However, external factors such as competitive pressure and the desire to build market share may mean that there is room for manoeuvre. In addition, electronic trading is designed to reduce the expenses of processing the various forms of term assurance and this may be reflected in rates as time goes by.
Pearson says: 'Clearly with term being such a commoditised product it is ideal for e-trading and more providers are moving in this direction.'
Martin agrees: 'The move towards electronic submission of business is quite a strong influence on business practice and is an element effecting price, as it is cost effective. If there are any savings to be passed on in future it will be in this area and in customer service costs,' he says.
Advisers grew their share of both level and decreasing term new business, according to October's report, accounting for 40% and 44% respectively. This seems to have been largely at the expense of bancassurers whose market share dropped by 6% for both products, accounting for 23% of level and 28% of decreasing term sales.
Kirwan believes this will not necessarily turn out to be the case in 2002. He says: 'The non-IFA market includes bancassurance, which remains strong, with banks and building societies in a position to write quite a lot of mortgage-related term assurance. However, I think advisers are becoming more switched onto protection products now, partly due to the demise of some of the other markets, such as investments. Advisers need to sell things to clients that will reward them for time spent.'
Pearson agrees: 'IFAs have been increasing their share generally in protection. Some of this can be put down to the demise of a number of direct sales forces and many of these becoming IFAs themselves. Other factors may include the increasing interest of IFAs in protection as a possible income stream in the light of changes to pensions and the downturn in investments with low equity markets.'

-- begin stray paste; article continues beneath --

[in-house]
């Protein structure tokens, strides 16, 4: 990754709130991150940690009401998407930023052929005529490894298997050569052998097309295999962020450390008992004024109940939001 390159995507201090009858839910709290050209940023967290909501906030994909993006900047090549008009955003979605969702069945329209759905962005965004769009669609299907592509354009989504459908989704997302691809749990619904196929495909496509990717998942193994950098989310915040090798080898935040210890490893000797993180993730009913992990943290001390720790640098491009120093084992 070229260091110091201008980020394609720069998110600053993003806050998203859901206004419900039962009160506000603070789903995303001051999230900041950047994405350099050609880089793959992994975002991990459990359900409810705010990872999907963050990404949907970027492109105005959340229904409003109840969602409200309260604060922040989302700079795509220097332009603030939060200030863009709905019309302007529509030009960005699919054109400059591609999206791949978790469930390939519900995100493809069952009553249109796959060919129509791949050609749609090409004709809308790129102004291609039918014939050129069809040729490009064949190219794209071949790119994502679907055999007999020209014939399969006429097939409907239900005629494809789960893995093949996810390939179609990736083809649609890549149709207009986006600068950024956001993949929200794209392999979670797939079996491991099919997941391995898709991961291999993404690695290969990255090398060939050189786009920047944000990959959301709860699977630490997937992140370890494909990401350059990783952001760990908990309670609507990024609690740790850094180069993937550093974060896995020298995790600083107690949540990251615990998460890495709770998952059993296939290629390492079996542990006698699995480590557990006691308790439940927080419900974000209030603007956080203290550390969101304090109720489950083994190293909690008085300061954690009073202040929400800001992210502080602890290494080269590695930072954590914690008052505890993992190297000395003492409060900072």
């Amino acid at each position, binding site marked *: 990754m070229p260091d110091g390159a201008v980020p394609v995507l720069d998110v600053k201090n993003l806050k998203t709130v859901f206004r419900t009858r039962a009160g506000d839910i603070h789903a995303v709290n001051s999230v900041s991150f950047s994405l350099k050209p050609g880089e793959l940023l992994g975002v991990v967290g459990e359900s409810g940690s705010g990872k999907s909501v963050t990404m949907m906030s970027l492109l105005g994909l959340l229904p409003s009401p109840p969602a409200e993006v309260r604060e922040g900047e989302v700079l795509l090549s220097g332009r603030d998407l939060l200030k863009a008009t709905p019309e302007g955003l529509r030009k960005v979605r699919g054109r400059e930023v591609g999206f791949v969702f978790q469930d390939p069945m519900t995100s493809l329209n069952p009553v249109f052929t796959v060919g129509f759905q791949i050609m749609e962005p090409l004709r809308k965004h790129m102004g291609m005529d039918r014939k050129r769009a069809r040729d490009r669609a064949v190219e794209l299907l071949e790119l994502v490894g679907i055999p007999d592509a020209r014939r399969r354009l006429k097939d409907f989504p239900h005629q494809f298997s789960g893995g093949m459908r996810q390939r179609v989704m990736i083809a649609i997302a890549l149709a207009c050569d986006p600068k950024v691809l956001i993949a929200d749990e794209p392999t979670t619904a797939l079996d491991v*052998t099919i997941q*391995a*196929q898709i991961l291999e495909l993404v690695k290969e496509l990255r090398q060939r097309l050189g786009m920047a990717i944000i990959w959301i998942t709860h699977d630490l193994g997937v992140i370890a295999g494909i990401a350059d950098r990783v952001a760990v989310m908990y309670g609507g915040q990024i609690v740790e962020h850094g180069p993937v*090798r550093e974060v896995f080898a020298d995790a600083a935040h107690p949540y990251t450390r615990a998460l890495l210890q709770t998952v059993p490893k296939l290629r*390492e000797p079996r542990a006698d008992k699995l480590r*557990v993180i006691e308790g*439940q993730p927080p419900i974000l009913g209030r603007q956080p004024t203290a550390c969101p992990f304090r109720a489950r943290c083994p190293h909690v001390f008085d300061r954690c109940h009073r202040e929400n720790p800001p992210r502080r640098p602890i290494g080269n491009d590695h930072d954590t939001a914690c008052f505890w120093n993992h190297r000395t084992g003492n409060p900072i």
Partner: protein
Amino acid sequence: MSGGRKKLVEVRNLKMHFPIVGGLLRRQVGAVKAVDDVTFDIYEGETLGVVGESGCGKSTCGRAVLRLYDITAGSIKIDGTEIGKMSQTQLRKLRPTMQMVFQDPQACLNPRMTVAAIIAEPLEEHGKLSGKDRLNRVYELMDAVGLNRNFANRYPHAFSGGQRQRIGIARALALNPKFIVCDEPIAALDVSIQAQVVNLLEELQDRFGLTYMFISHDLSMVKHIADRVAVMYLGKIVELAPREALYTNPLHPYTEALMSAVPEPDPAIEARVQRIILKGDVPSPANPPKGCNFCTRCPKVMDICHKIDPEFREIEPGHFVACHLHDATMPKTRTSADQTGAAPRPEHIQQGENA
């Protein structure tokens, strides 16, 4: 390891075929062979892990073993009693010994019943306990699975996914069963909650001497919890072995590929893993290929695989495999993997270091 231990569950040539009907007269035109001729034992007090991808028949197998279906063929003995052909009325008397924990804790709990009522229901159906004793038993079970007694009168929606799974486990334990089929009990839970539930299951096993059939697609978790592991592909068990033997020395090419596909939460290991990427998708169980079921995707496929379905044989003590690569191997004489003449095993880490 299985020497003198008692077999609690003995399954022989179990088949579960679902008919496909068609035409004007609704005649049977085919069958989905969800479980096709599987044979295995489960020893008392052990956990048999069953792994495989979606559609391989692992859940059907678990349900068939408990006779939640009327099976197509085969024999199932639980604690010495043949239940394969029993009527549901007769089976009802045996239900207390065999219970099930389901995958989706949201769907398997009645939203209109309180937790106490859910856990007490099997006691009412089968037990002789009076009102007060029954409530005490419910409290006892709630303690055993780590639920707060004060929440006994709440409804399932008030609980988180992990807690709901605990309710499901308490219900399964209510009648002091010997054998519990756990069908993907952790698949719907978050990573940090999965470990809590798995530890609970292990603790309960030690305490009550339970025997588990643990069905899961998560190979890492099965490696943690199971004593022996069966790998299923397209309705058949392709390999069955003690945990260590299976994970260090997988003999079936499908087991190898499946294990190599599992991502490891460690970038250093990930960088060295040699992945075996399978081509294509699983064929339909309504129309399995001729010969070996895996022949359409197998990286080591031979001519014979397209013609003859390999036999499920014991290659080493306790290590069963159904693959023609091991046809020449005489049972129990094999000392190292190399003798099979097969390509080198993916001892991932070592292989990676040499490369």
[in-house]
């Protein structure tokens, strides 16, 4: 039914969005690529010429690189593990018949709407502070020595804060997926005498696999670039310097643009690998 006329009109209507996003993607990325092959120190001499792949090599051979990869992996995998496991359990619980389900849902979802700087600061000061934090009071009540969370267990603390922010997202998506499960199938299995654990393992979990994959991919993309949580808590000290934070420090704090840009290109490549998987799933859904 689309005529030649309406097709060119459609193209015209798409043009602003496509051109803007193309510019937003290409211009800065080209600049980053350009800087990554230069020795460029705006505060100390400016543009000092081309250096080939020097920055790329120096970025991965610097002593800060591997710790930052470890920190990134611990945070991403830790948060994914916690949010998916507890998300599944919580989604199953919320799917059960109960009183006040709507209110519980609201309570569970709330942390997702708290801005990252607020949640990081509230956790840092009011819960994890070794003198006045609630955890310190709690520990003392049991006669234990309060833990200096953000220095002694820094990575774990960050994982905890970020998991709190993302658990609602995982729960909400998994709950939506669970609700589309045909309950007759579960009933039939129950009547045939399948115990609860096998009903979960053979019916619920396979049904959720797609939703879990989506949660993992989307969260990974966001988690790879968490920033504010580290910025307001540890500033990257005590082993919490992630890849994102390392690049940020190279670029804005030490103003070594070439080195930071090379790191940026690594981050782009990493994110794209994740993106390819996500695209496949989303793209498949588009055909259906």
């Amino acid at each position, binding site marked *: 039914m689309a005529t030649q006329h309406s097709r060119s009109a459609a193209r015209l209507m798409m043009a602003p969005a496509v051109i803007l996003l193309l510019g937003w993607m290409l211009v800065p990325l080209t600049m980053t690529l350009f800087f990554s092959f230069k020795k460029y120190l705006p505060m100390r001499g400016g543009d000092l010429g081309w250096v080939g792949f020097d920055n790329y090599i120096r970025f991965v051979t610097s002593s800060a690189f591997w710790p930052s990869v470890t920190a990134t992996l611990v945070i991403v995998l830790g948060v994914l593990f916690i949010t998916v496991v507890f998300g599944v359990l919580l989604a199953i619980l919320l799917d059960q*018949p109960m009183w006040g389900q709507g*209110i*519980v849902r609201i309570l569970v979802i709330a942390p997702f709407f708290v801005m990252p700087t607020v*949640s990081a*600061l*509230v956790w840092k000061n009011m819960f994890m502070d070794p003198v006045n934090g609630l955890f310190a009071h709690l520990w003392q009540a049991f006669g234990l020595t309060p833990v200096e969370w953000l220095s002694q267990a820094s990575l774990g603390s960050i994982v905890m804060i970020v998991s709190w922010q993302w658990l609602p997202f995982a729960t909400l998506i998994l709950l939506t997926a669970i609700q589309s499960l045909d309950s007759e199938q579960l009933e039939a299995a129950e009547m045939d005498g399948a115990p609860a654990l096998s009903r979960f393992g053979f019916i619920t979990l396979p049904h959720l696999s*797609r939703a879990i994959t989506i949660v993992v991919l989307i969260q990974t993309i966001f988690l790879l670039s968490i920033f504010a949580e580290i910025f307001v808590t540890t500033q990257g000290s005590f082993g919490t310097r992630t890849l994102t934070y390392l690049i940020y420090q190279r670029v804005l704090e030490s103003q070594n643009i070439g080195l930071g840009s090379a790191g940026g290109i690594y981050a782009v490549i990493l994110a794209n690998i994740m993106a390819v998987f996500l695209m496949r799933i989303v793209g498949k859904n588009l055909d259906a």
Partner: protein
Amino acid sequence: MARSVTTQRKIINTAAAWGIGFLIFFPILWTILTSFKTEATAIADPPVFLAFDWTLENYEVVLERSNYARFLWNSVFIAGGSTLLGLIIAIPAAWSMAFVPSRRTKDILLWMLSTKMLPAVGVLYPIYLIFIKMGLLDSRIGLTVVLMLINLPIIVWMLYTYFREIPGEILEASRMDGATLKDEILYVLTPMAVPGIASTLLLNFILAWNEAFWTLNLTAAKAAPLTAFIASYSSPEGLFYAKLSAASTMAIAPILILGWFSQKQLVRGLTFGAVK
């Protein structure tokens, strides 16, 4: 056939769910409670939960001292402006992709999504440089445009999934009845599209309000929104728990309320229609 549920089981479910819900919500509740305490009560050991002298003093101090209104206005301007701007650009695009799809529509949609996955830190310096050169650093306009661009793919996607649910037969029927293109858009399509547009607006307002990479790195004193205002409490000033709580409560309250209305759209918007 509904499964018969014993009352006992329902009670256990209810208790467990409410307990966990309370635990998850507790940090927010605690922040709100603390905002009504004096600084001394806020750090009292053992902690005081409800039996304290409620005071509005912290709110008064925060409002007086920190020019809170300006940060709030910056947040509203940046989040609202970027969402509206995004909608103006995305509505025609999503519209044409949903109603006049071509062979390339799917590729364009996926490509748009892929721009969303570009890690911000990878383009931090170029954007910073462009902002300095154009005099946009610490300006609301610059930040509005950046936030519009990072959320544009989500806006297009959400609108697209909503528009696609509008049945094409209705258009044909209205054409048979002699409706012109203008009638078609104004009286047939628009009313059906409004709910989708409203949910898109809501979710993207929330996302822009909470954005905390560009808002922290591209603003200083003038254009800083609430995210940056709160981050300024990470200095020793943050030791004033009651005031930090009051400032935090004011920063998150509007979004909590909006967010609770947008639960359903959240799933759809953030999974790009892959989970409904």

Two areas in which term assurance has a potential to increase sales is in family income benefit (FIB) and business protection. FIB is a cost-effective way of buying protection for the family at a time when there might be pressures on household budget.
Laura Shanks, product development manager at Scottish Equitable Protect, says: 'Family income benefit is not sold much because people perceive the lump sum benefit as more attractive. It is also interesting that of the family income benefit policies that come to claims point, the majority, if not all, commute to a lump sum. Most policies on the market allow the option at claims stage and most go for it.'
In many ways this is a shame. With current interest rates so low, a lump sum invested is not going to produce a healthy income, certainly when compared to 10 years ago. Because the capital at risk on FIB decreases over the term it is also a relatively cheap option for the amount of income provided.